It’s not a novelty, but it’s new on the highest level. Kramnik’s approach is probably the easiest way to get a technical position in the Marshall Gambit. It is not clear though if this was a bluff or his secondary repertoire. Nevertheless Kramnik is in such a slump that he must be regarded as the target. Caruana missed a golden chance.
Caruana leads the field by half a point and has to play Karjakin (black), Aronian (white) and Grischuk (black). Meanwhile Mamedyarov will face Ding (white), Grischuk (white) and Kramnik (black). In my opinion a tiebreak is the most likely outcome.
The fourth round of the Candidates had everything that chess fans could hope for. Strong novelties, excitement and heartbreaking blunders, but also commentators with such low energy that you could almost fall asleep. Listening to Svidler’s euphemisms for six hours was just too much for me, so I had to switch it off.
Anyways, let’s start with the novelty. Grischuk prepared a nice improvement in the Moscow Variation, that changed the evaluation of Topalov’s piece sacrifice from better for black to 0.00. Black has many viable continuations, which makes it tough to keep the position under control. Ding chose the wrong one and Grischuk missed the refutation. Nevertheless this opens up a new chapter in the Moscow Variation with lots of new ground to discover.
The game of the day was the clash between the two leaders. Kramnik chose a slow approach against the Petroff to show his class, but he got slowly outplayed on the kingside. After a couple of inaccuracies by Caruana he actually managed to turn the tables, but messed it up again in time-trouble. Since there are so many missed chances on both sides, there is no point in adding computer analysis. In the end Caruana had to win the game twice to score one point.
The honorable mention goes to Aronian who managed to trick Karjakin in a sideline of the Vienna.
Chess is a zero-sum game. We don’t know what Aronian had prepared in order to refute Kramnik’s Berlin, but we do know the refutation of 7. h3 by now. Ironically activating the rook is also the first suggestion of Stockfish. Things are running well for Kramnik.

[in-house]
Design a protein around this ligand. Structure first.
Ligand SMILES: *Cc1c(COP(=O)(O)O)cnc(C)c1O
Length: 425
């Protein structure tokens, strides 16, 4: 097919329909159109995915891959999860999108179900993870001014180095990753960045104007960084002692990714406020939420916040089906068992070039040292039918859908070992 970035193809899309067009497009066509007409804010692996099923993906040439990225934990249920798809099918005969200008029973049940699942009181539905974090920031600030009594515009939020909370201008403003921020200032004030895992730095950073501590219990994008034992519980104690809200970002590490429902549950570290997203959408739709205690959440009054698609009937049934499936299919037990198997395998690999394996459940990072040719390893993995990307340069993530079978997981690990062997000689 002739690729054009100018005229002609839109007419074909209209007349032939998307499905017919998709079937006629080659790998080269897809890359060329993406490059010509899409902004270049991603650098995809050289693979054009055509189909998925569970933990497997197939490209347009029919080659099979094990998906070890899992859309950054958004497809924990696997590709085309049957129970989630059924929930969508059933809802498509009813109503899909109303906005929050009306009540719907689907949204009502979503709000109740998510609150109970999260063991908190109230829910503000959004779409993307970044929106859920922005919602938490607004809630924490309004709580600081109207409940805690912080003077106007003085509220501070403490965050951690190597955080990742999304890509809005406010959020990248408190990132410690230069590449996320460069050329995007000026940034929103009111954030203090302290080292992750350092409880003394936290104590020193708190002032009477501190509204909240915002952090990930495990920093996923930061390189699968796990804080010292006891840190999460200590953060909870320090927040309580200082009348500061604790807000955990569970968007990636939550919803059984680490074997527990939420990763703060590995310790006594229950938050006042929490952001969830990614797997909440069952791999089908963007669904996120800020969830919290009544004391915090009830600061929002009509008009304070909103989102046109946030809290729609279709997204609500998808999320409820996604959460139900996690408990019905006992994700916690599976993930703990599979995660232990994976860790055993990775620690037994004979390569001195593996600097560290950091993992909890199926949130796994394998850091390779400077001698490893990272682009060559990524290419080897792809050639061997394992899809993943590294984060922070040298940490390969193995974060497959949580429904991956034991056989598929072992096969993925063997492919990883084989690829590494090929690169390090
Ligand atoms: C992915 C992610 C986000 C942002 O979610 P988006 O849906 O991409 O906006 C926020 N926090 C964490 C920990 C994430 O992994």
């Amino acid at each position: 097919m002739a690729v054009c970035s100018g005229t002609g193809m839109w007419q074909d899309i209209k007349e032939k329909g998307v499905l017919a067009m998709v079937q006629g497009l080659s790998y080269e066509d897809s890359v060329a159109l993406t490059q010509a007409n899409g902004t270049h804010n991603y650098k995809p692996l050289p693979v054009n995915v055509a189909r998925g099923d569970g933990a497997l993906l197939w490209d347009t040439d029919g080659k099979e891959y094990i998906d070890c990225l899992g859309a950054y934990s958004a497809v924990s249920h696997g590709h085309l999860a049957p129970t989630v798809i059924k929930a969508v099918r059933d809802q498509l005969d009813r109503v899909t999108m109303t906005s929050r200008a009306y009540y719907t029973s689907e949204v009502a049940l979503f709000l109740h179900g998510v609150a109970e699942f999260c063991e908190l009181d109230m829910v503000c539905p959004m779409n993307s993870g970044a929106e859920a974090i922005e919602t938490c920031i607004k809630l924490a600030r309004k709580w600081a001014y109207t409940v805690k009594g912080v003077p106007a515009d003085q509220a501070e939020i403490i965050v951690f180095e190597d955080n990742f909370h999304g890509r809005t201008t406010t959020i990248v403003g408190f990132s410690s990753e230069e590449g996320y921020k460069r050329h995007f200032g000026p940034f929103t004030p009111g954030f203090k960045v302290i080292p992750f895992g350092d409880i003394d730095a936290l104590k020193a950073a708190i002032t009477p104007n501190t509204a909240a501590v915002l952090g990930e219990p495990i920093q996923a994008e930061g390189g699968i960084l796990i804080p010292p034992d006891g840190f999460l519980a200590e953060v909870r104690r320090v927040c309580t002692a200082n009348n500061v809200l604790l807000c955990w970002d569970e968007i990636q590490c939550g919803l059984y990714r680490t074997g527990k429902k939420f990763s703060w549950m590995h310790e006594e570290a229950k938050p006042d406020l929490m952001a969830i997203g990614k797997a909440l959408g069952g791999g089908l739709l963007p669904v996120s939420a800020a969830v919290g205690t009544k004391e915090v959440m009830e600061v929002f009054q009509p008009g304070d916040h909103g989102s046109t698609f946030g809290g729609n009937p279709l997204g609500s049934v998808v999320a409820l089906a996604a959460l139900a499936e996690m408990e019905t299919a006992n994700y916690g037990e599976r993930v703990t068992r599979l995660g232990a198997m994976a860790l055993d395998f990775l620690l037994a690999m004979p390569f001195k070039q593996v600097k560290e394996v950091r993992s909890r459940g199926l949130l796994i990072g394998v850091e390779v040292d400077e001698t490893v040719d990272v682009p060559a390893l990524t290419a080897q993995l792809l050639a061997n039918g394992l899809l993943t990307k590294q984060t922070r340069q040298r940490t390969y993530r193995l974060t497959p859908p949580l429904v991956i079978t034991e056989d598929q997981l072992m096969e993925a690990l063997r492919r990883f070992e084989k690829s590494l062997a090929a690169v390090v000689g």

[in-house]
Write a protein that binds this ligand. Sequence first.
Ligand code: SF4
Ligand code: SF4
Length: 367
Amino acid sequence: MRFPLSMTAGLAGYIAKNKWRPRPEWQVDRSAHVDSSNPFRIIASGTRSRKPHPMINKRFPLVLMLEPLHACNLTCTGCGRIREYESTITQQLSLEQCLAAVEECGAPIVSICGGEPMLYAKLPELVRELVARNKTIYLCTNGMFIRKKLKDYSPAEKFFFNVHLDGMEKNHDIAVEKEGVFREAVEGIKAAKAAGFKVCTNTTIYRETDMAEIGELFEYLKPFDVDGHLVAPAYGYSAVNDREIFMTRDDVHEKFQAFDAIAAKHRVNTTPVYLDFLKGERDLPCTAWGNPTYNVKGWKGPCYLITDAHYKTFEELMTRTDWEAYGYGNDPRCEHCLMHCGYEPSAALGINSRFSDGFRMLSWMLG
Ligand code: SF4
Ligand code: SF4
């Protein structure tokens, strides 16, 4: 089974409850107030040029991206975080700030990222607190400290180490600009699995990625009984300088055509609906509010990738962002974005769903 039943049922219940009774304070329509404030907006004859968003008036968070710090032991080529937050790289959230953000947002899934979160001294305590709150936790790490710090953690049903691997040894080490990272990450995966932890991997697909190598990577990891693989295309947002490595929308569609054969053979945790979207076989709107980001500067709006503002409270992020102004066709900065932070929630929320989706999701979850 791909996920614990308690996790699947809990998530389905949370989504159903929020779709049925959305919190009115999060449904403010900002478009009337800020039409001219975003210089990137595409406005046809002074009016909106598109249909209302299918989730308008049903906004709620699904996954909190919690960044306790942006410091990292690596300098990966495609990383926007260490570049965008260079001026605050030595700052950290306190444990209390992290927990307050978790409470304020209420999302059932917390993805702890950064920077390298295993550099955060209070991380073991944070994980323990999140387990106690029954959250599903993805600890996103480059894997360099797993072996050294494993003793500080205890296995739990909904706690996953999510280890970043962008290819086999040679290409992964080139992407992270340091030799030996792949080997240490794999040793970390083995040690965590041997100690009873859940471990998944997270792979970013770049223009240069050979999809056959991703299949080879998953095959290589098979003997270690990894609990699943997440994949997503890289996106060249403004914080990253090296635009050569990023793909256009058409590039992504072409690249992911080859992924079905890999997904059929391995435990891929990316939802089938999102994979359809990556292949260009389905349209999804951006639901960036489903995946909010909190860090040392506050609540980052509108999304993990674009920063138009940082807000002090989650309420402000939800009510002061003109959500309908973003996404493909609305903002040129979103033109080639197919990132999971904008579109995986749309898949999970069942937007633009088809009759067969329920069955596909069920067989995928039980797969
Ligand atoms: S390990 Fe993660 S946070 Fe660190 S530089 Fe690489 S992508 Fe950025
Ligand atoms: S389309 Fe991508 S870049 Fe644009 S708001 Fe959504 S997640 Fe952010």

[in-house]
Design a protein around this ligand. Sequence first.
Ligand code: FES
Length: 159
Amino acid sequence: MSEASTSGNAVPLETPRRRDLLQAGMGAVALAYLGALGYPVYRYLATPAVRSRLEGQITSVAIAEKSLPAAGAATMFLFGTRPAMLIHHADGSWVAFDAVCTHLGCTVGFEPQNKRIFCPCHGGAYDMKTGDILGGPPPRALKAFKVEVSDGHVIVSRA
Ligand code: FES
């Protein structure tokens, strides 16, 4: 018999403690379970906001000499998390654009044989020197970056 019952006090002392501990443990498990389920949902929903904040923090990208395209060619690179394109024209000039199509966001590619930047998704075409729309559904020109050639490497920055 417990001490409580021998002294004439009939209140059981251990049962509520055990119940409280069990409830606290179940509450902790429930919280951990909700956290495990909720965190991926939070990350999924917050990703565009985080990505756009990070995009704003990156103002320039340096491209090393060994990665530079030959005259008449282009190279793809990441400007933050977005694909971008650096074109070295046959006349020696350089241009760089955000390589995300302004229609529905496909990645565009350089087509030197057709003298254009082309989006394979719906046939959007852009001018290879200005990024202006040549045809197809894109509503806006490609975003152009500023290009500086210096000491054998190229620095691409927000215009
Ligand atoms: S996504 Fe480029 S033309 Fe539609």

The players with five whites (Anand, Mamedyarov, Karjakin and Nakamura) managed to secure the top four spots in the final standing. The only player with four whites to fail at this task was Svidler, who finished next to last.
The game of the tournament was played by young Daniil Dubov. He managed to catch Naka in a nice piece of preparation.
To win a tournament against competition of similar strength one needs to be lucky. Anand’s lucky moment came against Grischuk.
The following game shows what happens when a mathematical approach based on static factors meets deep understanding. It was already too late when Giri found out that the evaluation of this position wasn’t 0.00. Carlsen shows how to beat an engine.
Karjakin and Fedoseev are the most obvious cases, but also Jakovenko and Morozevich have shown it from time to time.
Whenever something is happening, there is usually not one single clear cut explanation for it, instead there are a variety of possible explanations. Some are more likely, some are less likely. One of these possible explanations can be found >> here <<. How likely is it?
Note: I am not talking about possible doping, because using banned substances is only illegal if people don’t have a prescription for them.
We have already seen how Vitiugov managed to lose in 18 moves to Svidler by simply forgetting well known theory and backing it up with third-rate moves over the board. This time it was Svidler’s turn to lose without a fight to Karjakin’s second Mamedyarov. How did this happen? Svidler, who is usually a safe bet to draw with white against opponents with a similar rating in less than 25 moves, came up with a bad novelty on move 6 in a known position that instantly forced him to fight for equality. Mamedyarov found the computer-line up until move 17, and that was it. Easy game!
The good news is that this unexpected victory put Mamedyarov in the position to win the tournament. He will face Carlsen with white, while Giri has to hold Caruana with black. Svidler on the other hand can make the usual quick draw with his second Matlakov.